Security nightmares can end your company. Here are all the risks you face.
Cybercrime will cost businesses all over the world over US$6 trillion annually by 2021, according to Cybersecurity Ventures. Such costs include data destruction, theft of assets like money, intellectual property, and data, and disruption to businesses and lives. Estimated losses could be higher, with the figures not covering unreported crimes, fees for legal and public relations management, declines in stock valuations, and other intangible negative effects.
To better understand the real life risks faced by businesses, Tech in Asia spoke to Eugene Teo, director of security at Ultimate Software in Singapore.
“When something goes wrong, everyone is affected. It’s not just the management. Everyone should care about security,” Eugene says. His company, US-based Ultimate Software, is a human capital management (HCM) software solution in the cloud.
“There’s personally identifiable information involved with employee management and recruiting. This includes the payroll where bank account details are stored. We invest in security to make sure that the data is protected,” says Eugene.
1. Preventing inside jobs
Cybercrimes need not come from outside. It could be orchestrated from within. And in such cases, even having the latest technology might not help. Having well-planned security frameworks and processes, as well as security experts, are critical.
“Companies need clear guidelines on what information needs to be shared on a need-to-know basis only, and what can be shared within teams, departments, and the company,” Eugene advises. For example, a company could discourage employees from storing sensitive data on a public cloud service such as Amazon Web Services (AWS).
Moreover, robust guidelines are necessary to reduce the risk of inside jobs. Shockingly, half of all security incidents that involve the compromisation of information or data are caused by the people in an organization.
Companies may want to take precautions to ensure that company secrets aren’t leaked by disgruntled employees. An ex-system administrator of paper maker company Georgia-Pacific left and attacked the company’s industrial control system, wreaking US$1.1 million in damage within just two weeks.
Having a strong security team or experts may be the best bet as such internal attacks are unlikely to register as malicious activities. A team of experts can help to set up robust cyber security policies and frameworks. Measures can include conducting exit interviews, limiting employee access to and encrypting sensitive data, canceling email accounts and access to the cloud as soon as the employees leave, and creating alerts for login attempts to the network.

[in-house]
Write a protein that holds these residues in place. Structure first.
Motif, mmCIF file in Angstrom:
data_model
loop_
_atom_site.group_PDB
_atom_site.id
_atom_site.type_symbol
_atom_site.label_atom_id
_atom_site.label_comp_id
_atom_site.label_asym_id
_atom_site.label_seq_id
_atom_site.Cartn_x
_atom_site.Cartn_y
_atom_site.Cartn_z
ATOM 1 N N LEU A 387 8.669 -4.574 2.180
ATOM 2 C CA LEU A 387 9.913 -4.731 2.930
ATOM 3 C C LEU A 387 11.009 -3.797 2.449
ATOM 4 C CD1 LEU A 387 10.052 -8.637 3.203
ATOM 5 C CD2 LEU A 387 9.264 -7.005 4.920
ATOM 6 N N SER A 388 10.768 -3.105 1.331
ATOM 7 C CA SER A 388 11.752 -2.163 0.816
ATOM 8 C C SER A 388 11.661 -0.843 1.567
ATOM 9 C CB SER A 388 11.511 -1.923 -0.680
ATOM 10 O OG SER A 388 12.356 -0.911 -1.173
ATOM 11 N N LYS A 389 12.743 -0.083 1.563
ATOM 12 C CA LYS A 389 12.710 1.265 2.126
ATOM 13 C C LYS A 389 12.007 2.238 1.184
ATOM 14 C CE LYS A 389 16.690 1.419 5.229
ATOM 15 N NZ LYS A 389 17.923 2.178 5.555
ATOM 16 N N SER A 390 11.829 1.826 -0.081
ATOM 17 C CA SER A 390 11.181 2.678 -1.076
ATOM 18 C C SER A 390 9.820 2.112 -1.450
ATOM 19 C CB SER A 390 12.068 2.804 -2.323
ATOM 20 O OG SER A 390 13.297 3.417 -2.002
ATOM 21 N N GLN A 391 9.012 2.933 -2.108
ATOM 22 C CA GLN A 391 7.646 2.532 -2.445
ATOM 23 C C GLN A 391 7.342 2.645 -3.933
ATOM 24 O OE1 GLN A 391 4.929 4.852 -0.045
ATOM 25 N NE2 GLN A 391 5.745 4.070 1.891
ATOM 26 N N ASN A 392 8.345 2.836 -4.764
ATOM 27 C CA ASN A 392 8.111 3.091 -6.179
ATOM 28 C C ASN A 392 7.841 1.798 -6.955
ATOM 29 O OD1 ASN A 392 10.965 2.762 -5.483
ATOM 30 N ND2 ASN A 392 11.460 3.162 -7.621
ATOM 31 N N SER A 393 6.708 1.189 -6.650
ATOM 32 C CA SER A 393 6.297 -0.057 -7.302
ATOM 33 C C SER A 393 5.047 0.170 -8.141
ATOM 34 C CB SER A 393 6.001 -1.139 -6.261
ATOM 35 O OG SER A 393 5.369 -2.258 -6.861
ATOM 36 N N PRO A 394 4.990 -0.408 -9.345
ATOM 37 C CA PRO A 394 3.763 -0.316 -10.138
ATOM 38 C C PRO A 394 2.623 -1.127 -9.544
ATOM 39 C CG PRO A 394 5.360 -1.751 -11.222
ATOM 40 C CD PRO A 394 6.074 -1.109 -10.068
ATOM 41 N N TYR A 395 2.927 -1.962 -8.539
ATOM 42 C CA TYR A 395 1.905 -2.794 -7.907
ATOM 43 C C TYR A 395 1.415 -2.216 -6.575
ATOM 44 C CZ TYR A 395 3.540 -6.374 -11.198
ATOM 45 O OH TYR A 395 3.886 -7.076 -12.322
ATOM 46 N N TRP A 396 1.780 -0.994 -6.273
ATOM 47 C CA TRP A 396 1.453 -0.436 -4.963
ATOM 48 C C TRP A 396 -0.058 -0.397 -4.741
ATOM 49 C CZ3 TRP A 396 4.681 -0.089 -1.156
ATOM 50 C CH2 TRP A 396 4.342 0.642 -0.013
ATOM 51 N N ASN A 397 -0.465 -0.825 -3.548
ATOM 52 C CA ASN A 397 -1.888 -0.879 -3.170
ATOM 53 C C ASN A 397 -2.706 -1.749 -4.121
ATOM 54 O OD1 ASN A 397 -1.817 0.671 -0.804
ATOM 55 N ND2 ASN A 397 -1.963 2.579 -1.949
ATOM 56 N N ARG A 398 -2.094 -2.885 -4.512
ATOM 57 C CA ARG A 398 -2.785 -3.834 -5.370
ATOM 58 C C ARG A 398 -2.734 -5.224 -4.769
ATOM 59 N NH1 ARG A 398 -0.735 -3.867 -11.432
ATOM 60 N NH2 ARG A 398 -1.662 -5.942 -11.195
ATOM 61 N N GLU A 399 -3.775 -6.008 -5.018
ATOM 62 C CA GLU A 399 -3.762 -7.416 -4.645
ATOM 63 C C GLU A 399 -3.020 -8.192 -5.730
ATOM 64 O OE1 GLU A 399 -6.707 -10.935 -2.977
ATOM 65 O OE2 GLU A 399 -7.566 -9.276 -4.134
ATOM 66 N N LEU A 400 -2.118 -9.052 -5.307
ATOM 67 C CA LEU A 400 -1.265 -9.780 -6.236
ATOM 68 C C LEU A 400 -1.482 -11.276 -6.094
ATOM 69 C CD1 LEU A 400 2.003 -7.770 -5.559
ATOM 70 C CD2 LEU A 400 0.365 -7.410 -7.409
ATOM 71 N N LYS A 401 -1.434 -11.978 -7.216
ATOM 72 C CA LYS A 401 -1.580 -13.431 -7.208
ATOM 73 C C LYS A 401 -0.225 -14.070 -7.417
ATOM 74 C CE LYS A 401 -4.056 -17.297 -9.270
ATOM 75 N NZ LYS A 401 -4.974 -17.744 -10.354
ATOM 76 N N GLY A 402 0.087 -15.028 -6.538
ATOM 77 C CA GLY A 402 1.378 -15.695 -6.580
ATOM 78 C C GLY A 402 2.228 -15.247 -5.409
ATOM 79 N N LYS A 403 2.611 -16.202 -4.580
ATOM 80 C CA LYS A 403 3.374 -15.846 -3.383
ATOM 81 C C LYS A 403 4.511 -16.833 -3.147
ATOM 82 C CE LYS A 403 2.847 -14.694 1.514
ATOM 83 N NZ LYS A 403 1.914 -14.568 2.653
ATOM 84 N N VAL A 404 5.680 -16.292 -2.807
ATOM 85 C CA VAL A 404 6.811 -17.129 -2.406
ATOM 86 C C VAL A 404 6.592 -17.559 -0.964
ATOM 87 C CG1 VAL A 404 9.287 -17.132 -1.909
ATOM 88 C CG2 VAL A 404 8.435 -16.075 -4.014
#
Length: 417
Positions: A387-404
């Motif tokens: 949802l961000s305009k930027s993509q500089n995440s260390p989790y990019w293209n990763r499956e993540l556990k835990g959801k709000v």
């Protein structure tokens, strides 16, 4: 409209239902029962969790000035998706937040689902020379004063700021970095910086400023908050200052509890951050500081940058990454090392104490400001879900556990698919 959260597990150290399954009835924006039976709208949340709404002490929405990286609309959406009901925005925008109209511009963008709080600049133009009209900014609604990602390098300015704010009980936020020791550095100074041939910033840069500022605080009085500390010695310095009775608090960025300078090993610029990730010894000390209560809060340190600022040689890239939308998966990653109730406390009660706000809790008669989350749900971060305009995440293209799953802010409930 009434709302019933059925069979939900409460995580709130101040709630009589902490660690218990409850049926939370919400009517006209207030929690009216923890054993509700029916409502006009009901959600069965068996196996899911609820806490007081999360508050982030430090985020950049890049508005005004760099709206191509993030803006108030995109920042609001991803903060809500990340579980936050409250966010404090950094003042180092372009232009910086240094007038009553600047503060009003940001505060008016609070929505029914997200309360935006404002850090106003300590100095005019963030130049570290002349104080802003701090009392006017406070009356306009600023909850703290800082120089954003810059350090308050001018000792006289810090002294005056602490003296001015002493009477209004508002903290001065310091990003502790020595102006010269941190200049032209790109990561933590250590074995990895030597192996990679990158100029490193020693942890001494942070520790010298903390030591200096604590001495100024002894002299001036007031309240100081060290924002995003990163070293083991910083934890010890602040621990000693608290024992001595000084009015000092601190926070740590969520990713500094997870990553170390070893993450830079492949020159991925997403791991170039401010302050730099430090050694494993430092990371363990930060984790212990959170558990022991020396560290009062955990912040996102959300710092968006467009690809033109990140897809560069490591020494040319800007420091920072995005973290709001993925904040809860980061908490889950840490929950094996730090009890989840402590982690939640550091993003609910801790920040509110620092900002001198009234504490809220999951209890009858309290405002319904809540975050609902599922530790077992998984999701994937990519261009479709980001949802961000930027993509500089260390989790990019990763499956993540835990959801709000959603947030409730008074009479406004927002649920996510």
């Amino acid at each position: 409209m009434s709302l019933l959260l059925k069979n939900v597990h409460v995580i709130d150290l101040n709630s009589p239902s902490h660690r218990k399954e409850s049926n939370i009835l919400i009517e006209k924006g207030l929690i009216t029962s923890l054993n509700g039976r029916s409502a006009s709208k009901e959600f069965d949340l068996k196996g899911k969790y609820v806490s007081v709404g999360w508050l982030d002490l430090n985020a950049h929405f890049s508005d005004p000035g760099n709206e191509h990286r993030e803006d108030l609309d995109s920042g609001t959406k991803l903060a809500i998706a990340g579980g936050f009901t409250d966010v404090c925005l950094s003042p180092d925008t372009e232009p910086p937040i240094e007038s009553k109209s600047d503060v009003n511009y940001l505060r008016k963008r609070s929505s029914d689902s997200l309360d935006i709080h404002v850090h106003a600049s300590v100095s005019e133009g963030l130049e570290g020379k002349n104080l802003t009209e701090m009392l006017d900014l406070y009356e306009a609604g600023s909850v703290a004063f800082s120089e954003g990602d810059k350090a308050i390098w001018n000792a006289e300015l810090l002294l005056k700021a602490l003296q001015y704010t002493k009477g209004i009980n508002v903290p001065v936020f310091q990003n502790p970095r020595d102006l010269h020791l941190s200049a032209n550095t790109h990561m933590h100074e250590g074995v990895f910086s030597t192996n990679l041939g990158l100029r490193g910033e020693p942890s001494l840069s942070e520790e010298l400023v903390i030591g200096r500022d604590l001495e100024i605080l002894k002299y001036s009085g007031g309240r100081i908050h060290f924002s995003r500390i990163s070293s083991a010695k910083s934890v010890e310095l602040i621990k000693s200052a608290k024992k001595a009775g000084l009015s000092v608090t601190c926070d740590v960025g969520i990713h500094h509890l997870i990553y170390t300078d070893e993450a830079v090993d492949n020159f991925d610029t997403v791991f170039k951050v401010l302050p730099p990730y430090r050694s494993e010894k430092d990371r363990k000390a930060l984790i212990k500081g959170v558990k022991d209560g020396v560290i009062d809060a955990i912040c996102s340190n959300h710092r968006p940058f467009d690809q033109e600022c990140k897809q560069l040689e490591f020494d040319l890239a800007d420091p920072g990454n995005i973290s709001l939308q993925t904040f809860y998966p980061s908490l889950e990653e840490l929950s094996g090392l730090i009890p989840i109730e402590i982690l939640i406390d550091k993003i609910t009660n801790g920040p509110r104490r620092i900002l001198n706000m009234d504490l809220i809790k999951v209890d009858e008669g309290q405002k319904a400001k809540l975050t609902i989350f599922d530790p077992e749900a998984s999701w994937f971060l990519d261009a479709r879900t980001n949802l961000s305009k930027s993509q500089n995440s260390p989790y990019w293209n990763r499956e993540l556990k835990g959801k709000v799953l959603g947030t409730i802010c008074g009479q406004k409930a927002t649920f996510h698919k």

2. Ransomware is a growing issue
An ongoing problem in cyber security is ransomware. “Ransomware is a malicious program that people may unknowingly download while surfing the web or via email,” says Eugene. “It encrypts your files and then asks you for money, bitcoins, or wire transfers. And even if you pay, there’s no guarantee of getting your files back.”
Eugene has encountered ransomware. “An employee received an email. She wasn’t sure what exactly the attachment was and she forwarded it to a colleague to take a look.” Both of them ran the malware and their laptops were infected.
“What made it worse was that the two laptops were connected to the internal file server. The files in the shared drive were all encrypted. It affected the company,” says Eugene.
Security experts can help with such nightmarish situations where an attack bypasses security through human error. It’s a cat-and-mouse game where hackers write malware but security companies are always figuring out how to prevent and crack the encryption. It’s also important to educate your company staff on the risks of such malware and how to look out for bogus emails.
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Assess your company’s security profile with this cyber scoring tool. This free self-assessment tool is jointly developed by the International Data Corporation (IDC) and Quann. After the assessment, you will get a customized security report. You will also get bespoke cyber security advice from the site.
3. Everyday is backup day
Companies may be concerned with innovation and having new products hit the market. They may not invest in security or data backups. Entrepreneurs who lose their data may need to start from scratch again.
Another problem that companies face is integrating different security products from various vendors and managing security software updates. This can get in the way of progress.